We will have an unspecified number of assignments that require students to engage with the readings in various ways, or to practice with the concepts and techniques discussed in class. These exercises will often have additional purposes such as preparing students for productive class discussions, giving students an opportunity for self-assessment of their own learning progress, or helping students to prepare for other assignments. A variety of formats may be used.
Many, if not all readings in this course come with assigned questions or a similar, study-based assignment. These assignments are designed to help students navigate the reading and to focus on what, for purposes of the class, will be the most important parts. They should be completed prior to coming to class on the day the reading is assigned. Ideally, students should do the reading once, then do the assignment for the reading, and then re-read the assignment from start to finish. Past experience suggests that the more work a student puts into these assignments, the better the student's results on tests and other assignments tend to be. Students are forewarned that minimal work or doing things such as simply paraphrasing or copying passages of the reading down word for word as answers tends to be counter-productive, insufficient to produce real understanding and generally a waste of time. Assignments will be collected at random intervals throughout the term from each student. Collection will not be announced until the end of class. Be prepared at every class, just in case!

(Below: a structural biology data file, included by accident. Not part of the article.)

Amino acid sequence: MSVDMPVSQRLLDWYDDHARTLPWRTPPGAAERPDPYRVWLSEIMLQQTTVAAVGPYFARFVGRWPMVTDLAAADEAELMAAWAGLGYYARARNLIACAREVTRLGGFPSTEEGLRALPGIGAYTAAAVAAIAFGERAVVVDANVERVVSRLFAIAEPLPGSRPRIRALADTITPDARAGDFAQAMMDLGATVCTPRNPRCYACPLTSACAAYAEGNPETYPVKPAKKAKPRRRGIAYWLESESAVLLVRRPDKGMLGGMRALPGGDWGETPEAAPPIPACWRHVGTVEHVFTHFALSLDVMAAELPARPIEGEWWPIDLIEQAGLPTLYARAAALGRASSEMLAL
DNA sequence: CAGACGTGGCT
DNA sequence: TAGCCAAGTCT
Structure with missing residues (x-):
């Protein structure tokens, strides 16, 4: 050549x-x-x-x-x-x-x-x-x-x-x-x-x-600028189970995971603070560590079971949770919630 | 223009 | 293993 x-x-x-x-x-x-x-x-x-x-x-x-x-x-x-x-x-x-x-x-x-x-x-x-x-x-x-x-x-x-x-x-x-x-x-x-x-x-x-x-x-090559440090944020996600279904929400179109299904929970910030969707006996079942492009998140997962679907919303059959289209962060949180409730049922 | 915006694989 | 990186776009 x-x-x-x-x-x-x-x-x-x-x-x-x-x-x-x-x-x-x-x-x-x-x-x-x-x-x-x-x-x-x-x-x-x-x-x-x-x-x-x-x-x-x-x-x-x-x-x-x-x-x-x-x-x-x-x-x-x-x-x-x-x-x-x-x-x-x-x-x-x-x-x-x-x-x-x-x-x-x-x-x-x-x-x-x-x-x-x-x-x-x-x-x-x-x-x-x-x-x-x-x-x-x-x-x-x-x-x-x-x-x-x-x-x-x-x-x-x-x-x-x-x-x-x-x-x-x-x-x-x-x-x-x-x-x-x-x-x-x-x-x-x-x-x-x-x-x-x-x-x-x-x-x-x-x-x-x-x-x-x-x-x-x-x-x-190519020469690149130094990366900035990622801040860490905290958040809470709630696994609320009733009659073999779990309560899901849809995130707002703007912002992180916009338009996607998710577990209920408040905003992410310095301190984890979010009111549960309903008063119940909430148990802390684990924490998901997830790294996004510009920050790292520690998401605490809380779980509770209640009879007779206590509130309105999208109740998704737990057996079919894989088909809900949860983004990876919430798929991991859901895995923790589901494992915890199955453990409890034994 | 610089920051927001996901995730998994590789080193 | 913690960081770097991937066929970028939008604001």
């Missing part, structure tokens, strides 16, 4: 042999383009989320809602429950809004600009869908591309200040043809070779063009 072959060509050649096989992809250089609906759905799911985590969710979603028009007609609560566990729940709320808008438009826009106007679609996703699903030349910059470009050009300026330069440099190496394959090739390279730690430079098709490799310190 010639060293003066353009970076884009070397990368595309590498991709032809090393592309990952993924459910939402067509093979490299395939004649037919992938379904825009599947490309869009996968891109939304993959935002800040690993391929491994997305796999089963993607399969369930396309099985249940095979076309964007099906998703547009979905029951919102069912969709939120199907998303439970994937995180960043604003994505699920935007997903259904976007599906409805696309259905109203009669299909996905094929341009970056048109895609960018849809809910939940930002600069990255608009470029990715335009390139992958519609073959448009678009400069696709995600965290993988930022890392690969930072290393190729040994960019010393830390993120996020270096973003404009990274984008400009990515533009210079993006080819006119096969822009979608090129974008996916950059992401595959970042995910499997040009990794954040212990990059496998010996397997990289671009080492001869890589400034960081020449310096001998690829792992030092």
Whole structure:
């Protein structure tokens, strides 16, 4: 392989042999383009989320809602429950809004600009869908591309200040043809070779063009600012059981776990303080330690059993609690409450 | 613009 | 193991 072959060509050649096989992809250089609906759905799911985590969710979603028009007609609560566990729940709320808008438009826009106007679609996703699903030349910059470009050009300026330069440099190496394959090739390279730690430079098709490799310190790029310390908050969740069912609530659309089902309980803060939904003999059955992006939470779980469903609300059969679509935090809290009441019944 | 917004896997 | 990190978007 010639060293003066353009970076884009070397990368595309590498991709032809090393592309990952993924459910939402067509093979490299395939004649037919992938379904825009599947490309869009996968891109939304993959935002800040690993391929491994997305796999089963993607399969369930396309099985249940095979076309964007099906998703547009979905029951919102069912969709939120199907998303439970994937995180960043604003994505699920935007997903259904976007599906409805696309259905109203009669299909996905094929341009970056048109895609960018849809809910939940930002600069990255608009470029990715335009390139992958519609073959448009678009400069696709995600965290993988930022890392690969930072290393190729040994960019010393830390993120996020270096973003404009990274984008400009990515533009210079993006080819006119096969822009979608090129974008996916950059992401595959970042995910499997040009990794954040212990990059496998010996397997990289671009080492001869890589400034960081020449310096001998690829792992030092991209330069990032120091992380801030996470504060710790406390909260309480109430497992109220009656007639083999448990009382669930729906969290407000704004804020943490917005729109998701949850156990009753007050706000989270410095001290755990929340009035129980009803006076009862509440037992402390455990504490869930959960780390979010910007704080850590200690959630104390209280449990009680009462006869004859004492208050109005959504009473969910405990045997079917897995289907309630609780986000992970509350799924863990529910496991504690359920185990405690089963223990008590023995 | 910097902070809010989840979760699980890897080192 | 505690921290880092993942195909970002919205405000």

What follows are the instructions for all reading assignments:
Write answers to the questions before you come to class and be prepared to discuss them. Do no research apart from the reading, and do not answer with copied passages of text from the reading or from any online or other source. Instead, answer in your own words in complete, well-formed sentences of English. Note the page numbers, if any, on which you find the passages that contain or that are key to your answers. Type or print your answers out on regular white paper in an ordinary, 12 point font like Arial or Times New Roman. Handwritten work is never acceptable, but you may (and should!) take notes on your print-outs. Make your answers substantive and be prepared to defend your answers in class discussion.
Evaluated and Credit/No Credit Assignments
Some of our assignments will be the subject of detailed evaluation and some will simply be checked for sufficient completion. The former will be called "evaluated" assignments and the latter will be called "credit/no credit" assignments. Some assignments, potentially including at least some reading assignments of the sort described above will be evaluated. Other assignments will not. For simplicity's sake students should assume that an assignment is going to be of the evaluated type unless the course plan explicitly says otherwise. Credit/no credit assignments frequently deal primarily with personal opinion or reflection. When collected, answers receiving credit will be marked with a check mark and those receiving no credit will be marked with an "X". Evaluated assignments will be assessed according to the rubric at the bottom of this page.
Students are encouraged to study together outside of class. That said, it is NOT permissible for students to copy verbatim, share, or in any way "re-mix" each others' answers. Doing so is cheating. Keep in mind that the academic honesty policy of Marygrove College strictly forbids cheating and plagiarism, and will apply to every assignment in this class regardless of type.